@inbook{dca73c445bc14266be6fc2db28160d58,
title = "Detection of clonal immunoglobulin heavy chain gene rearrangements by the polymerase chain reaction and capillary gel electrophoresis",
abstract = "Although well-established diagnostic criteria exist for mature B-cell neoplasms, a definitive diagnosis of a B-cell lymphoproliferative disorder cannot always be obtained using more conventional techniques such as flow cytometric immunophenotyping, conventional cytogenetics, fluorescence in situ hybridization, or immunohistochemistry. However, because B-cell malignancies contain identically rearranged immunoglobulin heavy chain genes, the polymerase chain reaction (PCR) can be a fast, convenient, and dependable option to identify clonal B-cell processes. This chapter describes the use of PCR and capillary electrophoresis to identify clonal immunoglobulin heavy chain (IGH) variable and joining region (VH-JH) gene rearrangements (IGH VH-JH PCR) using a commercially available method employing multiple multiplex PCR tubes that was originally developed as the result of a large European BIOMED-2 collaborative study (Invivoscribe Technologies). The core protocol involves the use of three separate master mix tubes that target the conserved framework (FR1, FR2, and FR3) and joining (J) regions of the IGH gene. Analysis of these three framework regions can detect approximately 88{\%} of clonal IGH gene rearrangements.",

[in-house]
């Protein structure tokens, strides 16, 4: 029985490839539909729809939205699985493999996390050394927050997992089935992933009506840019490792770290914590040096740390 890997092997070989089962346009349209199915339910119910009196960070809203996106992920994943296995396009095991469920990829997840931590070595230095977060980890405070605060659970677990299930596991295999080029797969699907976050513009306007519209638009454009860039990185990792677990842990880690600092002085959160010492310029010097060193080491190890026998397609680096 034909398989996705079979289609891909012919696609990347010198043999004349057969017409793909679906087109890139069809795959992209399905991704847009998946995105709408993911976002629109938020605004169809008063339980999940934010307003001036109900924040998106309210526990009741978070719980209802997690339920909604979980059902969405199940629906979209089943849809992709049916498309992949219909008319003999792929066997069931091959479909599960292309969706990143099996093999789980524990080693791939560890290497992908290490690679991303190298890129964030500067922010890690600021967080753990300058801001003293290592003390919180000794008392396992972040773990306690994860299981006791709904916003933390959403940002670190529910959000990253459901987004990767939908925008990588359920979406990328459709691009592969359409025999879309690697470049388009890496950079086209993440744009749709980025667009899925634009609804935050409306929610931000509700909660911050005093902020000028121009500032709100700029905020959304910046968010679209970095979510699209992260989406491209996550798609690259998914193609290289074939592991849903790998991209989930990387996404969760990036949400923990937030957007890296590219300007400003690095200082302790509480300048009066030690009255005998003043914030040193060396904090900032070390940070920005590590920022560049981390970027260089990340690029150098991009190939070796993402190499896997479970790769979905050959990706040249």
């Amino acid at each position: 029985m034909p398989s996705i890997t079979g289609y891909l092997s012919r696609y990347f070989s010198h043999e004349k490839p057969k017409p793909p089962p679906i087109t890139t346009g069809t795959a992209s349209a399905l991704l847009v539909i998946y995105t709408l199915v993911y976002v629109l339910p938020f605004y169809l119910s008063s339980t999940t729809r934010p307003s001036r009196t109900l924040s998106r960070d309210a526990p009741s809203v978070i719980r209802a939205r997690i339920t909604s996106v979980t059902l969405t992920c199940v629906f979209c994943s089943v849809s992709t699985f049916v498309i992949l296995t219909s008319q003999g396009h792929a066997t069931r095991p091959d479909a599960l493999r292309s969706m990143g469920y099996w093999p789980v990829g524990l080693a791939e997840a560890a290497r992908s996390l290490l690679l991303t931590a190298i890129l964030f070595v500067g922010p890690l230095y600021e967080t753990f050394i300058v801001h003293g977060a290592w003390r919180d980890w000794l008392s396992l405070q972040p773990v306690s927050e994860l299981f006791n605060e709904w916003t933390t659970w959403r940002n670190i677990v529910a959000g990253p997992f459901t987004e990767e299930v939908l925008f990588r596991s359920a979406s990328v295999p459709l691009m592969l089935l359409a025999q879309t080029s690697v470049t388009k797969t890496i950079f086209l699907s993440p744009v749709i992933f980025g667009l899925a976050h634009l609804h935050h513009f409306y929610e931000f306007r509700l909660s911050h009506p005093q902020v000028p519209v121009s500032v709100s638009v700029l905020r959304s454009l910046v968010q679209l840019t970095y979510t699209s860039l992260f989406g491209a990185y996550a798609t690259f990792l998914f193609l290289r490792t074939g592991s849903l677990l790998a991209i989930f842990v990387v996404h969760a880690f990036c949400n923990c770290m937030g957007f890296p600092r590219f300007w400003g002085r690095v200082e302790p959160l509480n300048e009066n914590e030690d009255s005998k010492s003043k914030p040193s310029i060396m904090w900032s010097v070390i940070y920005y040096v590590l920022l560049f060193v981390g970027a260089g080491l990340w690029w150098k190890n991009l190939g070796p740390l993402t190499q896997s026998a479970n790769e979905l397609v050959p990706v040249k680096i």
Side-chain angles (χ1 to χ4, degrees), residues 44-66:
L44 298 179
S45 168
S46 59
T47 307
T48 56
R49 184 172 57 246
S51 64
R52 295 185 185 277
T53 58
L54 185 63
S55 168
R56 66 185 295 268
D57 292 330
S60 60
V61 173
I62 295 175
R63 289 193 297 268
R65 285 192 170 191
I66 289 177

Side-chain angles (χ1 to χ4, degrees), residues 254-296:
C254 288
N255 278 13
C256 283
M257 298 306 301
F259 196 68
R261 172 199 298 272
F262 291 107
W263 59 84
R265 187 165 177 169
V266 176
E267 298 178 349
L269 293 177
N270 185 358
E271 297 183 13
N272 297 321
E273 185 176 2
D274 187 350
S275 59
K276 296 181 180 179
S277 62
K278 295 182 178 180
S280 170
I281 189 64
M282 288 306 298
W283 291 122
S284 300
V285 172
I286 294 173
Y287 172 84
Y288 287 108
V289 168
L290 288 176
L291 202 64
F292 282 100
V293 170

keywords = "Capillary gel electrophoresis, Clonality testing, Immunoglobulin heavy chain gene, PCR",
author = "Hongxin Fan and Robetorye, {Ryan S.}",
year = "2013",
doi = "10.1007/978-1-62703-357-2-10",
language = "English (US)",
isbn = "9781627033565",